Wheat harvest in Kansas normally starts in early-to mid-June and it is completed by mid-July. Starting from the south central part of the state it moves towards north and west.
This year in 2020 Kansas is a little behind schedule due to the cooler temperatures aggravated by lots of spring rains. In fact, May 2019 was considered as the wettest month ever recorded in Kansas. Last weekend Kansas wheat harvesting started as per the latest report. Some southern wheat producing states began harvesting weeks earlier. The US Department of Agriculture said that 18 major wheat producing states have completed 15% work by June 14, matching the last five-year average for the date. Fishermen have also started fish shooting to a great extent. It seems that in spite of the lockdown, agriculture activities are going on in full swing.
The US Department of Agriculture, in its weekly report on crop progress and condition, informed that during the 2020 winter wheat harvesting season those 18 states have attained more-than-double progress a week earlier than last year.
Three of the main hard red winter wheat producing states had started harvesting. All of them showed quicker progress compared to last year, though only Texas has shown their harvest surpassing the average progress for the date of the last five years. By June 14 Kansas completed 9% harvest, while it was 40% in Oklahoma and 68% in Texas.
As per previous harvest reports regarding the state’s southern counties indicates that the wheat quality this year is quite good, with outstanding test weights, average or better yields and protein levels are reported slightly below average.
The industry harvest report is published by the Kansas Wheat Commission, Kansas Association of Wheat Growers in addition to the Kansas Grain and Feed Association.
The previous reports from the Kansas harvest were showing varied results. Millers and wheat traders reported the protein level is between 10% and 10.5% in south-central Kansas, which is the origin point of harvest in the state. However, some other reports confirmed the exceptional test weights have reached up to 66 pounds per bushel which suggests average to above-average yields.
Timely rains combined with cool temperatures throughout the grain fill period were indicating better yields in Barber County, Kansas. A test weight in this region on average is 64 pounds per bushel. Though Mike Snell at Farmers Coop Equity Co. in Medicine Lodge informed their protein level is slightly below average at 10.5%.
Wheat harvest in the southern Kansas counties of Montgomery, Labette and Wilson was initiated on June 12, with nearby counties to the north starting harvesting on June 17. Quality of wheat has been good in these regions featuring some soft winter varieties along with the mostly hard red winter variety wheat. Test weights for the hard red winter variety wheat are showing 62.5 pounds per bushel with near-average yields and protein level is ranging from 10.5% to 11%.
The winter harvest in Meade County, Kansas, US, was at 30% done by June 15 and it was estimated to jump to 50% by the end of this week which was propelled by hot dry weather. Mike Schlochtermeier from Meade Coop Elevator & Supply Co. confirmed the test weights are showing outstanding results, with an average of 62.75 pounds per bushel as of now at three locations. Yields were estimated to go above the average of the last five years while protein levels were little lower with an average of 11%.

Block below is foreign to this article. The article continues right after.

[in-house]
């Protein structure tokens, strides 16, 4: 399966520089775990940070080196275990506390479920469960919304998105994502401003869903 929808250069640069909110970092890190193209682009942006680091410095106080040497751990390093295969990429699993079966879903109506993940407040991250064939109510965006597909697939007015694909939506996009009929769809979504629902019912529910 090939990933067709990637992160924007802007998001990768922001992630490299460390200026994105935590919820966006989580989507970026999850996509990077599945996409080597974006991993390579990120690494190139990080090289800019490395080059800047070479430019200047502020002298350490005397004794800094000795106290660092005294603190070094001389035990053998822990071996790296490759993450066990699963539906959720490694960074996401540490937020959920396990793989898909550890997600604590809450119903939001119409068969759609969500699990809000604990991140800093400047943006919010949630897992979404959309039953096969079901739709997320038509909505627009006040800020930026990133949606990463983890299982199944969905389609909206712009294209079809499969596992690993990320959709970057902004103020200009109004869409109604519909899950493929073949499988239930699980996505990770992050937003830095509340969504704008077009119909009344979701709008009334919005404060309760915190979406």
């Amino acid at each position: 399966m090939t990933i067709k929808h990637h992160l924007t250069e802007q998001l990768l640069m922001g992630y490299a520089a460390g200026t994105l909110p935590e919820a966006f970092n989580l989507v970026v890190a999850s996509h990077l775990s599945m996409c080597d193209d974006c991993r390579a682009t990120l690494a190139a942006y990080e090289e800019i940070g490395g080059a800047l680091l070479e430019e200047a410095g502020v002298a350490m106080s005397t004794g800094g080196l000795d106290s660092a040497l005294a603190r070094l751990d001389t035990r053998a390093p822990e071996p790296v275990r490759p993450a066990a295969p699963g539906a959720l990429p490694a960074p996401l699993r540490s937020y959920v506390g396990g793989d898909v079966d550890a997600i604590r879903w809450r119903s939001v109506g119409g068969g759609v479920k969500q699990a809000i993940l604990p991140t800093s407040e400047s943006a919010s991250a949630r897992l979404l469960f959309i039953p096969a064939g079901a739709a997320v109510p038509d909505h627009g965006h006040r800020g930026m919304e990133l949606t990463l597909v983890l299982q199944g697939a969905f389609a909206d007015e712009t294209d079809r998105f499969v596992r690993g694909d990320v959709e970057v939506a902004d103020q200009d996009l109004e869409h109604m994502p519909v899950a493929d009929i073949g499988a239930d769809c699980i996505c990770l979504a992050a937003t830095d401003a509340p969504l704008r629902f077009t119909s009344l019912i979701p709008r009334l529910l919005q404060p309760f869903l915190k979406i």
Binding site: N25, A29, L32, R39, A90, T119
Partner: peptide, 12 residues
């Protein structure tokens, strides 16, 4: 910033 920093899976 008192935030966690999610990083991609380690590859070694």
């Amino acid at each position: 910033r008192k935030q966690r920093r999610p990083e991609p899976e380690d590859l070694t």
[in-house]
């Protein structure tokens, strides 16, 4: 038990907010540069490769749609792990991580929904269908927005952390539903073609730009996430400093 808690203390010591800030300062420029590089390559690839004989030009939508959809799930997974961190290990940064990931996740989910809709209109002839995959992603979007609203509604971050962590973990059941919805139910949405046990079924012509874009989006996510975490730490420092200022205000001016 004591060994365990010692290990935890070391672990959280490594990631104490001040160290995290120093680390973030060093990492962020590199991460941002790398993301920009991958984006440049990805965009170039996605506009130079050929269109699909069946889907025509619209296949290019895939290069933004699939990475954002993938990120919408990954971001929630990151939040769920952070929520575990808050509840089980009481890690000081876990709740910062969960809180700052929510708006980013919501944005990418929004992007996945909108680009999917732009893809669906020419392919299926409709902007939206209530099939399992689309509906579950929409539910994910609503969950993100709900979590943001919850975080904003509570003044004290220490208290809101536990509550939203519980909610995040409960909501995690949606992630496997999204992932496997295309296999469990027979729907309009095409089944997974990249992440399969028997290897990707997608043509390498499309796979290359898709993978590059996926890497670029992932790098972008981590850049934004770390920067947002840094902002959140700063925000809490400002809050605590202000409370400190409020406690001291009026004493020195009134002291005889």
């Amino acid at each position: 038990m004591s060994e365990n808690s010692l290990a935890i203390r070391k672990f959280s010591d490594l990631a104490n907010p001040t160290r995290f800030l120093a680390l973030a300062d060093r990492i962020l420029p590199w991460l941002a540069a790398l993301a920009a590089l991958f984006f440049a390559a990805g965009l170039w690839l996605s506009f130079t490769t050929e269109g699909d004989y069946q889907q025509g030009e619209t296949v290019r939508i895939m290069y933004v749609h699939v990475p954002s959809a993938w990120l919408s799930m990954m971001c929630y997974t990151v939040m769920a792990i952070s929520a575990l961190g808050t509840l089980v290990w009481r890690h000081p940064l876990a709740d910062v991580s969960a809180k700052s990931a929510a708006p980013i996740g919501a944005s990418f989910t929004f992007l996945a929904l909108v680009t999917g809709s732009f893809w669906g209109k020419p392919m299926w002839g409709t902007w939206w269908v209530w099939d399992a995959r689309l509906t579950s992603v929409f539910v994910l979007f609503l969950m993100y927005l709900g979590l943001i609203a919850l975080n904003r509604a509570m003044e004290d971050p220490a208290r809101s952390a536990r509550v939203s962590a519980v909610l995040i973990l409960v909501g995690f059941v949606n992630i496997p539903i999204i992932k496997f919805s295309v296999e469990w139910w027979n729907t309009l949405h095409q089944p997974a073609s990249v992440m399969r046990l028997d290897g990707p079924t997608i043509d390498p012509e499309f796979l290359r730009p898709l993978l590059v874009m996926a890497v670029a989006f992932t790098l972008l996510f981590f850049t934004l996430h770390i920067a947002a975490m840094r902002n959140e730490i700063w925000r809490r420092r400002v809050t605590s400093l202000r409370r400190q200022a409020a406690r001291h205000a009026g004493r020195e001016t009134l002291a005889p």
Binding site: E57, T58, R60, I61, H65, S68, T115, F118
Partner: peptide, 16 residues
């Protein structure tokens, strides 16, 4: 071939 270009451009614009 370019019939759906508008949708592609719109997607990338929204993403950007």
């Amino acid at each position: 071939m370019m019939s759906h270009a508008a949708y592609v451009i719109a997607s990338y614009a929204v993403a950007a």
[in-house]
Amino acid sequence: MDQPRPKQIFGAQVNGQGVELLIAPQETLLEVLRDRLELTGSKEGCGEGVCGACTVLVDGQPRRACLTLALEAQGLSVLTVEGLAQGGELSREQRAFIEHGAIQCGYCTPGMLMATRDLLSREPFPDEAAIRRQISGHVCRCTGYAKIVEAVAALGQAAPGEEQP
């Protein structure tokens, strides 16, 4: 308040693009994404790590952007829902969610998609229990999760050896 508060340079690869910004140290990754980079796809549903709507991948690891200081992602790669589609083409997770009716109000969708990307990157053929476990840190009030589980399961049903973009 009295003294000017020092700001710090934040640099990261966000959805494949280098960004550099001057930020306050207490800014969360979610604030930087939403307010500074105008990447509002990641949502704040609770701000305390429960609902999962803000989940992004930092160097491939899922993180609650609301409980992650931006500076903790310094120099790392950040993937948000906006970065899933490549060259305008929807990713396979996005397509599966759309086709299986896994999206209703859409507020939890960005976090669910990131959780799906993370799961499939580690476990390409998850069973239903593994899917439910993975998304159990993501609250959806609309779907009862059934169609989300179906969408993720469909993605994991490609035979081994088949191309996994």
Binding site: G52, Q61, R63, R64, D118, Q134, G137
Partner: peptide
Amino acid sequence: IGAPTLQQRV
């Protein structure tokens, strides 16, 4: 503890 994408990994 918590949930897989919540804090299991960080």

The latest crop condition ratings for principal hard red winter states as per the US Department of Agriculture showed good-to-excellent wheat quality comprises 45% of the Kansas crop, 43% in Nebraska. whereas it is 46% in Oklahoma, 31% in Colorado, 34% in Texas, 77% in South Dakota and 82% in Montana.
Latest USDA reports suggest five principal soft winter wheat production states have also started cutting wheat. Data reveals Illinois and North Carolina showed less progress compared to the progress of the previous year. Only Missouri has been able to reach an average rate of progress for the last five years. Harvest completion by June 14 this year was 14% in Missouri whereas it was 8% last year, and 14% as the 2015-19 average for the date.
Harvest rate in Illinois is 3% which is lower than previous year. Illinois showed a harvest rate of 4% last year and it was 15% as an average of the last 5 years. Indiana also achieved the average rate of 3% which was the same as previous year and 6% as an average of the last 5 years. Besides these states Arkansas has completed 50% harvest (50% a year ago, 58% as 5 years average) and 35% in North Carolina (40% harvest last year and 37% average rate of past 5 years).
The Department has stated good-to-excellent wheat ratings are 39% in Missouri, whereas it is 60% in Illinois, 65% in Michigan, 66% in Indiana and highest quality is 71% in Ohio.
The USDA field office in Louisville reported the Kentucky winter wheat harvest has started in earnest and it reached 11% in its first week, much lesser than 26% in last year and 27% as an average rate. If we move towards the south, Tennessee’s winter wheat showed 19% wheat cut by June 14 and that was lower than 35% in 2019, the Nashville office revealed.
Near the Gulf Coast region Louisiana winter wheat almost completed 85% harvesting, which is much higher than last year (62%). The state average of Louisiana was 80%, which is also surpassed this year, as per the Delta Region field office in Baton Rouge. Mississippi winter wheat harvest is done 37% by June 14, much low compared to 68% harvest last year and 65% as the average progress of the State for the date, according to the report of the USDA office in Jackson. USDA office in Montgomery has reported Alabama winter wheat harvest was delayed due to rainfall and by June 14 they have completed 53% wheat cut which is behind 60% in last year and 62% as the average.